Translating ideas

Maria Schrader on the team behind Stefan Zweig: Farewell To Europe.

by Anne-Katrin Titze

Stefan Zweig (Josef Hader) -
Stefan Zweig (Josef Hader) - "He was considered one of the greatest travelers, the big European mastermind of the European Union."

In 2000, Max Färberböck's Aimée & Jaguar star Maria Schrader was on the Berlin Film Festival jury with Andrzej Wajda, Gong Li, Walter Salles, and Marisa Paredes when Paul Thomas Anderson's Magnolia won the Golden Bear and the number of translators had an impact on her. In New York, the director of Stefan Zweig: Farewell To Europe and I discussed her creative team, including co-writer Jan Schomburg, cinematographer Wolfgang Thaler, and editor Hansjörg Weißbrich. We followed a Zweig trail from Terence Davies on Max Ophüls' Letter From An Unknown Woman to George Prochnik's influence on Wes Anderson's The Grand Budapest Hotel to Varian Fry, Lion Feuchtwanger and Defying The Nazis: The Sharp's War, directed by Ken Burns and Artemis Joukowsky.

Maria Schrader:
Maria Schrader: "I dedicated the movie to Denis Poncet." Photo: Anne-Katrin Titze

Schrader's second film after Love Life (Liebesleben) drops us off into the world of Stefan Zweig in exile (1936-1942) where moments in real-time come alive through the performances of Josef Hader and Aenne Schwarz with Barbara Sukowa, Matthias Brandt, Nahuel Pérez Biscayart, Tómas Lemarquis, Charly Hübner, and Stephen Singer.

Anne-Katrin Titze: You take great care with different languages, showing us the need for translation. There are always translators around. Sitting behind them, at the P.E.N. Congress in the audience there are husbands and wives, or whoever they are, translating for each other. You have this mix of languages. The European idea, Stefan Zweig and internationality - is this the point you were making?

Maria Schrader: Yes, it's both. If you research about the P.E.N. Congress for instance, it was just like that. They had their consecutive translators. After every lecture there was a translation in three other languages. It was unbelievable. On the one hand, you're right, it's an image for one of the central ideas in Stefan Zweig's work. That cultural exchange is a peace-making process. He was considered one of the greatest travelers, the big European mastermind of the European Union.

Stefan and Lotte Zweig (Aenne Schwarz) with translator Vitor D'Almeida (Nahuel Pérez Biscayart) in Bahia
Stefan and Lotte Zweig (Aenne Schwarz) with translator Vitor D'Almeida (Nahuel Pérez Biscayart) in Bahia

And then if you just tell the story as it was, you see all the translators. I myself experienced being on the jury of the Berlin Film Festival. It had some impact on me and I was remembering that. We were at the roundtable - Andrzej Wajda, Gong Li, Walter Salles, Marisa Paredes. In these final talks everyone insisted in staying in their own language to be as precise as possible. And then we had consecutive translators, so it doubled up the number of persons around the table.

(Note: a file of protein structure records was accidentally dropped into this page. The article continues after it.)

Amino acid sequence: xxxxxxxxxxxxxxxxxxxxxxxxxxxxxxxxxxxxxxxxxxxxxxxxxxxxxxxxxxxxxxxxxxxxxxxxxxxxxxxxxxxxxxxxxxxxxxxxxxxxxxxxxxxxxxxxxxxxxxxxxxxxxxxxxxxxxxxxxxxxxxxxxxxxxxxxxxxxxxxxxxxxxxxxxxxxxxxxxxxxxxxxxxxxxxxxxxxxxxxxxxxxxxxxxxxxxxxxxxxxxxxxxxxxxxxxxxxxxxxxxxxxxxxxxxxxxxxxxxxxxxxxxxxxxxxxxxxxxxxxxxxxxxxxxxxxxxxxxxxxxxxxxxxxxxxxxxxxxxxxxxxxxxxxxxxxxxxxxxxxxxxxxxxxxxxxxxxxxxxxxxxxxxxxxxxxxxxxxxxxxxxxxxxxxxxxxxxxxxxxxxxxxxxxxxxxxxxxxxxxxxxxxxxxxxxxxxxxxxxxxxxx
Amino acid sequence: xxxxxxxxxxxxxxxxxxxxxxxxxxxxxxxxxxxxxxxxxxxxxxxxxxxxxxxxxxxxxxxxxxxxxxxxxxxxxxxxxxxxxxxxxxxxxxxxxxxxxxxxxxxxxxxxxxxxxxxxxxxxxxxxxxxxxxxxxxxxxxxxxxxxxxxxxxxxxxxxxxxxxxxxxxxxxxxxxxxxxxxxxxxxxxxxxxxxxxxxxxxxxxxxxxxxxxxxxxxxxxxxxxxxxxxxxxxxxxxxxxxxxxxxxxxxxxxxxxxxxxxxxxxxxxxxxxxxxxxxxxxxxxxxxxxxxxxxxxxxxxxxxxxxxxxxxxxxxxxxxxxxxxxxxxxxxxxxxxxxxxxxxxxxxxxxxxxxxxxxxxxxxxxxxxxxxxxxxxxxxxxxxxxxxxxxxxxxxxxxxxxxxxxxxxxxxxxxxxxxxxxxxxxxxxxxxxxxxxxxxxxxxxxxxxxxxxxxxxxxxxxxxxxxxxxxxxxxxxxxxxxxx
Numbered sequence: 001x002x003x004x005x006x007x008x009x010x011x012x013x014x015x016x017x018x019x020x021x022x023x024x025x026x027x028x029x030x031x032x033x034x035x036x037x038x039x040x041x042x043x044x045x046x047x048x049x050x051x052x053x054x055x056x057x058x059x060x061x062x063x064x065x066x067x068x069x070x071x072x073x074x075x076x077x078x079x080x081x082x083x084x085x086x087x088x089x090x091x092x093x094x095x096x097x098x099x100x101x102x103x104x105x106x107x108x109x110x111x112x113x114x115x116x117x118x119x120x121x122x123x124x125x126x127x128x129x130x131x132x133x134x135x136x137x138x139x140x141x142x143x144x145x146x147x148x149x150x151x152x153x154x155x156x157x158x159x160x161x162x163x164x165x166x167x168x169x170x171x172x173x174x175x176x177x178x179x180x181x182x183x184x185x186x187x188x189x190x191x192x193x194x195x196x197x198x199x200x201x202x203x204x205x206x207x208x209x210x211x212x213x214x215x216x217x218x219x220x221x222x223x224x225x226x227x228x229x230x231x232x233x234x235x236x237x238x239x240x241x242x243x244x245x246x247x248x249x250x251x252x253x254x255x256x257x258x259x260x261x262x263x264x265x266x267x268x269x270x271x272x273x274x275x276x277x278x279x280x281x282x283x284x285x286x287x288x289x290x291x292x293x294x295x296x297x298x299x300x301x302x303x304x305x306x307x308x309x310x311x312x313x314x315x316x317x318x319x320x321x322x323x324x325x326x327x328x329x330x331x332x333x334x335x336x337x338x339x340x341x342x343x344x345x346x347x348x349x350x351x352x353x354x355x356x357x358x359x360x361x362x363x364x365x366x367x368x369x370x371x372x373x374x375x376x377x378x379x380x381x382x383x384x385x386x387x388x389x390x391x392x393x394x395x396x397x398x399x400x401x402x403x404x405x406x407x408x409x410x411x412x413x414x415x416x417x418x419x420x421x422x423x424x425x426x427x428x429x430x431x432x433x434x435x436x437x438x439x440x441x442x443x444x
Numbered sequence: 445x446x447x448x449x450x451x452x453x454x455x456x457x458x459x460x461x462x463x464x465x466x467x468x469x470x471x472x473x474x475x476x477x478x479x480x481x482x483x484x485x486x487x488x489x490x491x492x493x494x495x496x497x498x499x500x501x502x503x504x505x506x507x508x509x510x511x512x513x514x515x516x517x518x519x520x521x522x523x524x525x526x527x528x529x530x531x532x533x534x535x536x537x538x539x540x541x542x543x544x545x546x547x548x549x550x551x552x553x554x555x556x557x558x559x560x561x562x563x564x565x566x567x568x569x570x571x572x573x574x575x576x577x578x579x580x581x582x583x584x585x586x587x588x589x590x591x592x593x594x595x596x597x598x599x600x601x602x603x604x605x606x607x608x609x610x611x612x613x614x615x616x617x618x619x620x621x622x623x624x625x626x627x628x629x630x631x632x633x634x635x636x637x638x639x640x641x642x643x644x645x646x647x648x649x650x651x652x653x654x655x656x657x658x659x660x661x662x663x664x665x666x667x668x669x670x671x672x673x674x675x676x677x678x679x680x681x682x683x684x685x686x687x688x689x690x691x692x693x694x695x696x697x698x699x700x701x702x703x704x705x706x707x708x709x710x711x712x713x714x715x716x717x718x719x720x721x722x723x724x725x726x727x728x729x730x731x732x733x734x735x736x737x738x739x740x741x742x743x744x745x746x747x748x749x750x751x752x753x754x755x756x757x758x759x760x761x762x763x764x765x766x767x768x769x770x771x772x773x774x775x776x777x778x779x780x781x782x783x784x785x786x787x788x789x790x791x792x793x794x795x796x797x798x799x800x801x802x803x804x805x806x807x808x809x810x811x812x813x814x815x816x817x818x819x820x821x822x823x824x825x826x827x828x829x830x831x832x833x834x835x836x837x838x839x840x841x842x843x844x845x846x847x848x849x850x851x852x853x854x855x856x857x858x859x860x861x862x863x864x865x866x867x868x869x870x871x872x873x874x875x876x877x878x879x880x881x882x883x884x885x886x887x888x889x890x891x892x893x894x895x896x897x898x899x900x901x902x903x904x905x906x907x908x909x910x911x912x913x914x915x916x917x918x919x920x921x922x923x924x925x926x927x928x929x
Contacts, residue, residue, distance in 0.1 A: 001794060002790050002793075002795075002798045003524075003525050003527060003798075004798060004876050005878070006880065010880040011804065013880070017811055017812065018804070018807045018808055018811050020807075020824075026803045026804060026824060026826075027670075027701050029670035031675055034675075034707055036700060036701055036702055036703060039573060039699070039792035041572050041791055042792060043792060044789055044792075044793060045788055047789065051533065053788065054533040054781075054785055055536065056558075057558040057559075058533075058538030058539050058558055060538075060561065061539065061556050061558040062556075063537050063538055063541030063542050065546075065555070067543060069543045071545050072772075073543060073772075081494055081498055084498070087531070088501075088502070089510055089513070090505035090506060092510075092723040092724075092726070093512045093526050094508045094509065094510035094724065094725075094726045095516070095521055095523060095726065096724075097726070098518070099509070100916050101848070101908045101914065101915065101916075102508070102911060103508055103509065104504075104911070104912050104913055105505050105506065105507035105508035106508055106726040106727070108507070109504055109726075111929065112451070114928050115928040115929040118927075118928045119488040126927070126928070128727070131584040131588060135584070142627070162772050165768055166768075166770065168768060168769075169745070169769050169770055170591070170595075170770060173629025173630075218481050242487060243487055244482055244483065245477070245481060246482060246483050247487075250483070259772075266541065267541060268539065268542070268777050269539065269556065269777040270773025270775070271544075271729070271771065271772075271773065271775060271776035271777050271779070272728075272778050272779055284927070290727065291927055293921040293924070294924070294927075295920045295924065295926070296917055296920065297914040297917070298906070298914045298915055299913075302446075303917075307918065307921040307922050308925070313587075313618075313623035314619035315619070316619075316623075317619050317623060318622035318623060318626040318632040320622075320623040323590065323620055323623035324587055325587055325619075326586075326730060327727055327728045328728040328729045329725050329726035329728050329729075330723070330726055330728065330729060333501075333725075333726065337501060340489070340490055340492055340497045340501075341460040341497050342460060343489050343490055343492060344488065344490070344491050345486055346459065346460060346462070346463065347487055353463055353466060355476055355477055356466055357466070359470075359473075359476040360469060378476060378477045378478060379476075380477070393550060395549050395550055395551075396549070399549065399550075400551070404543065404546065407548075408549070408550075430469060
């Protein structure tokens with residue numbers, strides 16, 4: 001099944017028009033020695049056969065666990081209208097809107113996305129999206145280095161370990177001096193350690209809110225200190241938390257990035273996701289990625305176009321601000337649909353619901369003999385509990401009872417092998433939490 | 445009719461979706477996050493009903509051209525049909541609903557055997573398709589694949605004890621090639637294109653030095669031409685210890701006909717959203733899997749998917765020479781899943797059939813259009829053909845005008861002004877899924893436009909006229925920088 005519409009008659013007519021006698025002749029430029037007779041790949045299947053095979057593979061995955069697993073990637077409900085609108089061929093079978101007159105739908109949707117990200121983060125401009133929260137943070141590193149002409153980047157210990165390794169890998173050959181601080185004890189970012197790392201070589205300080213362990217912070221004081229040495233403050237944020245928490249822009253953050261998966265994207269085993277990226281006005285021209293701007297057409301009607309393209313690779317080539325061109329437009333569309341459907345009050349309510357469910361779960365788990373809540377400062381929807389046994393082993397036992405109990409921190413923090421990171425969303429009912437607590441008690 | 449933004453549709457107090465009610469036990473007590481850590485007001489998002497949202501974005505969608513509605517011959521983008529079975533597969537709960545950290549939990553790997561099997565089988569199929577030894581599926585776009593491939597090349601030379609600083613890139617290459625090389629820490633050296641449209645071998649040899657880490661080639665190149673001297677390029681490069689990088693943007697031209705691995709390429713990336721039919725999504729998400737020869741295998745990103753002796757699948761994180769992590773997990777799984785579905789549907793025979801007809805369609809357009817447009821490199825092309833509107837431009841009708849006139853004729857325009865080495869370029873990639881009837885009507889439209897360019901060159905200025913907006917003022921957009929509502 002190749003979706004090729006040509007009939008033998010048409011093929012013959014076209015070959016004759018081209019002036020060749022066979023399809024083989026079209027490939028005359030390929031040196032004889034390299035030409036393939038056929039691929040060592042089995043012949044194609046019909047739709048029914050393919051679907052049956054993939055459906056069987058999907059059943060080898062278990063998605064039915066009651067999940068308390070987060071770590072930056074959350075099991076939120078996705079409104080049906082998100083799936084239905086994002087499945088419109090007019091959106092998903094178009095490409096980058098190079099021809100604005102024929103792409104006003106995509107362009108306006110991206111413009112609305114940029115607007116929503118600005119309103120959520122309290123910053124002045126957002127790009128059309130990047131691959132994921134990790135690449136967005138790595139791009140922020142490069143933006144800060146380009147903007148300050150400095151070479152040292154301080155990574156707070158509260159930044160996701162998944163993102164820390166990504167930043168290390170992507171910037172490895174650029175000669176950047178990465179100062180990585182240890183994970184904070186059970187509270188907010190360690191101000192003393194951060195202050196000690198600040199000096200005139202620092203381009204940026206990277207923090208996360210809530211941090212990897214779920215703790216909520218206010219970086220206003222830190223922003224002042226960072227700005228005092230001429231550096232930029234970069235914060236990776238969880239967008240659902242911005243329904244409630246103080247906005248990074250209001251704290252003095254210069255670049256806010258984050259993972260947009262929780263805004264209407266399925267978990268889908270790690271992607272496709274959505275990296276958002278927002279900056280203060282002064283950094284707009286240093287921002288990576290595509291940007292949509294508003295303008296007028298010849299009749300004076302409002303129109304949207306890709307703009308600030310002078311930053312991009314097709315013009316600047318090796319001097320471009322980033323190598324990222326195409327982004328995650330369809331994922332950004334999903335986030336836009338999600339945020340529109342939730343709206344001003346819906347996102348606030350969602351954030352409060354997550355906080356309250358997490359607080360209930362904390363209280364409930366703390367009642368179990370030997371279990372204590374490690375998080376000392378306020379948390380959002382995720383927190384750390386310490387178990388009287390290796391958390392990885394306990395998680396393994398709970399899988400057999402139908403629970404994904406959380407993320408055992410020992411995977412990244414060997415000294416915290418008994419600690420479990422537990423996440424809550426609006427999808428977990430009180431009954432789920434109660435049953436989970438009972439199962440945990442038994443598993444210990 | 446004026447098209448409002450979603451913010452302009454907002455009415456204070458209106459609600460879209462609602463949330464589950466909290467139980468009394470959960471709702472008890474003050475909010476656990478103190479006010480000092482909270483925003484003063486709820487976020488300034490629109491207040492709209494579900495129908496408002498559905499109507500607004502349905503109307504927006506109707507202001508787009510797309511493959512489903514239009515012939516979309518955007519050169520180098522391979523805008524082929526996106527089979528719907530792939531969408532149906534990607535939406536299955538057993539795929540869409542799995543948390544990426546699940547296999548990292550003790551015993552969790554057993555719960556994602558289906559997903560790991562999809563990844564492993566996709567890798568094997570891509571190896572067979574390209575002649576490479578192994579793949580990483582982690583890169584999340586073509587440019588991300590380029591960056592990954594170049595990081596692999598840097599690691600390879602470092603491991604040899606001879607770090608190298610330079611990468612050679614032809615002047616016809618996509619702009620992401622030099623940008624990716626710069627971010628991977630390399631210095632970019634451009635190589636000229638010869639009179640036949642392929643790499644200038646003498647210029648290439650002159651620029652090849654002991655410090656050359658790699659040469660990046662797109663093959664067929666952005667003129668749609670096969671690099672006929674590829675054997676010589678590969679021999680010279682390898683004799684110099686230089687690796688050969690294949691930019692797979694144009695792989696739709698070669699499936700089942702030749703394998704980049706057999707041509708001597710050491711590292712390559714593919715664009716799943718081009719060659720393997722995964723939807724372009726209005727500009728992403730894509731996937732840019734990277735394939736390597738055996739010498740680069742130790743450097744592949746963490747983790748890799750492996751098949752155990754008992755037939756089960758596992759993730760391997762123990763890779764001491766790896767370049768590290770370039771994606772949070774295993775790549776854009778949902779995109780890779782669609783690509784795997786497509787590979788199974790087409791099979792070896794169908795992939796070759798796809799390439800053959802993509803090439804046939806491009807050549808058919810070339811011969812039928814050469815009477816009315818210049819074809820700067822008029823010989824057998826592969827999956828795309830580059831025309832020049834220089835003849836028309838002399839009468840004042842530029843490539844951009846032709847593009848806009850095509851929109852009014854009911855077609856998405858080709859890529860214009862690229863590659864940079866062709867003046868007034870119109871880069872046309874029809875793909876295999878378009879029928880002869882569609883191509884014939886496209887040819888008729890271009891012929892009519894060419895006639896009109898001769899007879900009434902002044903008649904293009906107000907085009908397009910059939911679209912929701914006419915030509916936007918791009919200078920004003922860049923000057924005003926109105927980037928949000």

AKT: Which year was that when you were on the jury?

MS: I believe 2000.

AKT: What did you vote for?

MS: We voted for [Paul Thomas Anderson's] Magnolia. Magnolia was the winning [Golden Bear] movie. And I remember that so clearly. And yes, in the interviews of this little Vitor D'Almeida [Nahuel Pérez Biscayart] in the sugar cane - he was a journalist translating from Portuguese into Spanish all along this trip.

Minister Soares (Virgílio Castelo) with Stefan Zweig - Jockey Club, Rio de Janeiro
Minister Soares (Virgílio Castelo) with Stefan Zweig - Jockey Club, Rio de Janeiro

AKT: The first image of the flowers already has two layers of meaning. On the one hand, it is a reproduction of a photograph that actually exists. This is the centerpiece [at the Jockey Club in Rio de Janeiro], this is Brazil, these are the flowers. At the same time because of the framing of the shot - you could think of death already.

MS: A grave?

AKT: Yes, you are already starting with death?

MS: I think, it's subtle. It's just the first frame of these lavish flowers. You might think, even though they are the most colourful and most exotic flowers, they could also be on a grave. And then the music starts and you see the glove coming into the frame. It wasn't really meant on purpose that you should think of a grave. Since we all know where the story leads to. Since it's maybe also such a traditional thing in so-called biopics to start with the flashback or something.

Stefan Zweig at the 1936 P.E.N. Congress in Buenos Aires
Stefan Zweig at the 1936 P.E.N. Congress in Buenos Aires

AKT: True.

MS: I'm not such a fan of biopics but I know that you have these kinds of associations.

AKT: One of the best edits that I adored in your film is The Blue Danube performance. You chose the perfect, perfect false note to cut. Did you have fun with choosing the exact moment when to stop each episode?

MS: Of course. I had the pleasure to work with this wonderful editor [Hansjörg Weißbrich] He kind of saved my first movie. No, he didn't save it but he worked a little bit on it. In the very end I asked him for advice. Ever since, I thought on my next movie if it's ever going to happen, he has to be the editor. Funnily enough, I was always the one in this particular case, in this film, to force him to be brutal with the edits. To leave even in the word.